I was watching Stage 1 of the tour and the commentators said that it was 'risky' for Cav to wear a skin suit.

As far as I'm aware, the benefits of a skinsuit are that it's lighter and more aero.

The downsides are that there's no storage for gels/bars. However, surely he can get gels/bars from other riders in the team.

Are there other downsides I'm not aware of? Why is it risky?

  • 6
    The risk is that if he doesn't win, it'll make him look like a bit of a berk.
    – Dan Hulme
    Commented Jul 1, 2013 at 8:30
  • 7
    Do not underestimate the downside of no storage, being without food can be catastrophic in multi-hour races, and if team mates are not able to help out (you get into a break, or team mates crash), you run out of options, and energy. Commented Jul 4, 2013 at 8:12
  • 1
    Also storage can be for extra gear, like a jacket if it rains, arm warmers if cold... Commented Jul 4, 2013 at 8:14
  • 1
    @AndrewLowe - you're absolutely right, so says a guy from team Belkin/Blanco/Rabo
    – PeteH
    Commented Jul 11, 2013 at 20:29

2 Answers 2


I saw this question a couple of weeks ago and was interested in it, I have just got back from spending 2 nights at the Tour de France where I happened to stay in the same hotel as one of the teams. So I asked one of them.

I'm afraid it has absolutely nothing to do with protection, or with ventilation. In fact you hit upon the disadvantage of a skinsuit in your question - they do not have pockets. Not having gels/food becomes important in a 4-5 hour race.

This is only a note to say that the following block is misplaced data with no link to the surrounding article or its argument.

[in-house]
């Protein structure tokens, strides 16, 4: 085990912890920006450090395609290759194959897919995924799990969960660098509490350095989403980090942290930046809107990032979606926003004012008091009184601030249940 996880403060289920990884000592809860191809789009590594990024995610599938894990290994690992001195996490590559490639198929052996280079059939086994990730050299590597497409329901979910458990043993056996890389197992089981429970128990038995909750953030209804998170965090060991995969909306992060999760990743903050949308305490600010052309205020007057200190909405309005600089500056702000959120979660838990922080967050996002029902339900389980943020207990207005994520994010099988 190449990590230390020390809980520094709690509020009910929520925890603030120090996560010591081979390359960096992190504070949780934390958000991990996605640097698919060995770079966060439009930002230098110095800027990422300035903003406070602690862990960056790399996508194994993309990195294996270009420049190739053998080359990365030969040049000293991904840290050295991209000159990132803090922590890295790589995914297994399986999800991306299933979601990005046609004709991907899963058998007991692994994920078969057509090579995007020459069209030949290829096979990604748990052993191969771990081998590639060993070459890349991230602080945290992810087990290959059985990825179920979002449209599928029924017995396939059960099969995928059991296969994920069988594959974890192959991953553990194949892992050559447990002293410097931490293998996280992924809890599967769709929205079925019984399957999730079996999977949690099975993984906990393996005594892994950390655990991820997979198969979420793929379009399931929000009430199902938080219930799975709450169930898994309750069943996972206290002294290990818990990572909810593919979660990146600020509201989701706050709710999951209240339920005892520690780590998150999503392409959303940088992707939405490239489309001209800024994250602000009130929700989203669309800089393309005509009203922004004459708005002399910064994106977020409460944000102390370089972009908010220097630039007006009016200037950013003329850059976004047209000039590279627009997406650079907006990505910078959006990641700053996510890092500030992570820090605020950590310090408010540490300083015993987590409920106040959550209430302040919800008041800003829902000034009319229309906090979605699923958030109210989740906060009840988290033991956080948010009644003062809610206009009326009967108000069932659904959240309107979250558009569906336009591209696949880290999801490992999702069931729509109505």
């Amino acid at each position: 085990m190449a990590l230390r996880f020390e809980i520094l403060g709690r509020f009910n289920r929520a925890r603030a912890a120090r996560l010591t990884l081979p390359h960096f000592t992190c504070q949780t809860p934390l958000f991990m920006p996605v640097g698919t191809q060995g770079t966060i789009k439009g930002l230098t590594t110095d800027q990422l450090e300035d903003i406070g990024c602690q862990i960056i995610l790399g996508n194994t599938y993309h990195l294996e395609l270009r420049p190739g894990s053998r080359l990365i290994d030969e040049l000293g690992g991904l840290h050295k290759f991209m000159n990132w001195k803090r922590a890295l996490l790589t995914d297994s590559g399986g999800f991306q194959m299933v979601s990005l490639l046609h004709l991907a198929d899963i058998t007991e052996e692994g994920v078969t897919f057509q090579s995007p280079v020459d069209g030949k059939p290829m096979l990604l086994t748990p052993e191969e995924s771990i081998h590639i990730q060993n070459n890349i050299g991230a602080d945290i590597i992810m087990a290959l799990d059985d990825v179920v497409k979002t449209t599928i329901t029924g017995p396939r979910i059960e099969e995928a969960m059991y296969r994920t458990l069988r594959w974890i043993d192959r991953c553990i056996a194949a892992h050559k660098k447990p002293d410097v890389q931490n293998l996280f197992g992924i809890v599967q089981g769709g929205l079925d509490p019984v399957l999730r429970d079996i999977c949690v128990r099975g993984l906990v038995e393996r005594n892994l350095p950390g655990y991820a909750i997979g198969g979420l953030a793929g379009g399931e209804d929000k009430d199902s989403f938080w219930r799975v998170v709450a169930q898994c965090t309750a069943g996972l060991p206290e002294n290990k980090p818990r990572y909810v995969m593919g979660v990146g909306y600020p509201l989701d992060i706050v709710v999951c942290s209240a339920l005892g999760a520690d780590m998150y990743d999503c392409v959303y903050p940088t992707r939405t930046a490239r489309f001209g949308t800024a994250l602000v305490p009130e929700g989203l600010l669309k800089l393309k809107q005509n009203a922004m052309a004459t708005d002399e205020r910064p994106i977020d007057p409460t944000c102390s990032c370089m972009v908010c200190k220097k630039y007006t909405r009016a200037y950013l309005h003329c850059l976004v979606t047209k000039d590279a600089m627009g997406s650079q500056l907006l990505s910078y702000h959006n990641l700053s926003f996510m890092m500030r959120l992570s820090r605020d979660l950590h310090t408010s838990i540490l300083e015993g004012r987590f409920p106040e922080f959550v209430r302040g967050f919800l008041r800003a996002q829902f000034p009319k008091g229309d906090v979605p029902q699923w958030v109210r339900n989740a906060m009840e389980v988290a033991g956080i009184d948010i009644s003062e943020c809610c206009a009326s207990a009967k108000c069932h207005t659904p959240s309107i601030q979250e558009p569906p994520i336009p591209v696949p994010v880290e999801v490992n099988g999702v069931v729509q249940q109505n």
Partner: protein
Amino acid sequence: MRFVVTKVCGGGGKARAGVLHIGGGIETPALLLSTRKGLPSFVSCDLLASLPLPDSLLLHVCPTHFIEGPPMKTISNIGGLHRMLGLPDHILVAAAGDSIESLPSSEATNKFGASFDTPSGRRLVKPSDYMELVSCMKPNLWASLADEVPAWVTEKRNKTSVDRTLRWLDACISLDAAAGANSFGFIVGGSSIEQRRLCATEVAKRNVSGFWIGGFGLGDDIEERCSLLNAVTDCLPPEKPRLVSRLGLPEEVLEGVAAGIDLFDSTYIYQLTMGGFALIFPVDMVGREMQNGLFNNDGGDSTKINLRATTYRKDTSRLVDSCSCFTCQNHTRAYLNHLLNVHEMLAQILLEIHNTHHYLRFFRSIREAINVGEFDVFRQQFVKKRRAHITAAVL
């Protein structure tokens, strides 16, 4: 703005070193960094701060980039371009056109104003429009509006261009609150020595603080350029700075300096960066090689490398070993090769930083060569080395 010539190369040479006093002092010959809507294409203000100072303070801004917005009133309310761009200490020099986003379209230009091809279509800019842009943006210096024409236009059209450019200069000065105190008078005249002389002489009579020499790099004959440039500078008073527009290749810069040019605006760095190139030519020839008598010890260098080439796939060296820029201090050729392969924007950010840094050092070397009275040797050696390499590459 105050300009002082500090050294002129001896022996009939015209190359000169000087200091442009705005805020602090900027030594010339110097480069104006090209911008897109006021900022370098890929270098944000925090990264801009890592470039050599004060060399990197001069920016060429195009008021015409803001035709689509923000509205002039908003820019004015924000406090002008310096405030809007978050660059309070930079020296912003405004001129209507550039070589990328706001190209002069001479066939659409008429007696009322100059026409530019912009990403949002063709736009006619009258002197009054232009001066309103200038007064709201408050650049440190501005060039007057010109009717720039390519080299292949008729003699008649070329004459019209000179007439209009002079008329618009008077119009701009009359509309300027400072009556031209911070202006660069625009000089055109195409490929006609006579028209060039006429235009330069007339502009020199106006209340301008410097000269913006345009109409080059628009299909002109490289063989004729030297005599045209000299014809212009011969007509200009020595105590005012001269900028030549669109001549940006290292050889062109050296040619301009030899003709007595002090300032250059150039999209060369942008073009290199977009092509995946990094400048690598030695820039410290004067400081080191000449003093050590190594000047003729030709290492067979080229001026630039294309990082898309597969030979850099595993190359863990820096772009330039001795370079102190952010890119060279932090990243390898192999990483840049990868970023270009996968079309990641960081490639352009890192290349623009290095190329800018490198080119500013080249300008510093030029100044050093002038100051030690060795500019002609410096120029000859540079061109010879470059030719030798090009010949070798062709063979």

In fact, even despite this disadvantage, you will on occasion see riders (normally specialist sprinters) wearing skinsuits in a stage, especially one where there the finish is expected to be a bunch sprint. Under such circumstances it becomes the responsibility of a poor old domestique to carry food and gels on behalf of the sprinter. (Heck, I even saw a spectator wearing one!)

So I would guess that the risk mentioned by the commentator is just that the domestique isn't close enough to the sprinter when they need nutrition.


A skin suit provides no protection in a crash. They are very tight and the material will transmit the gravel, etc. to the skin for the very short amount of time before it rips. If you do rip it due to a crash, you will likely need to change kit as a small rip in a skin suit will keep ripping and the tightness of the suit will pull the material away (think a ballon popping, just not quite as dramatic).

Skin suits are also less able to vent so overheating could be an issue.

  • Most the high end kit is so thin now (for ventilation) that is no crash protection no matter the form factor.
    – Rider_X
    Commented Jul 26, 2013 at 4:51

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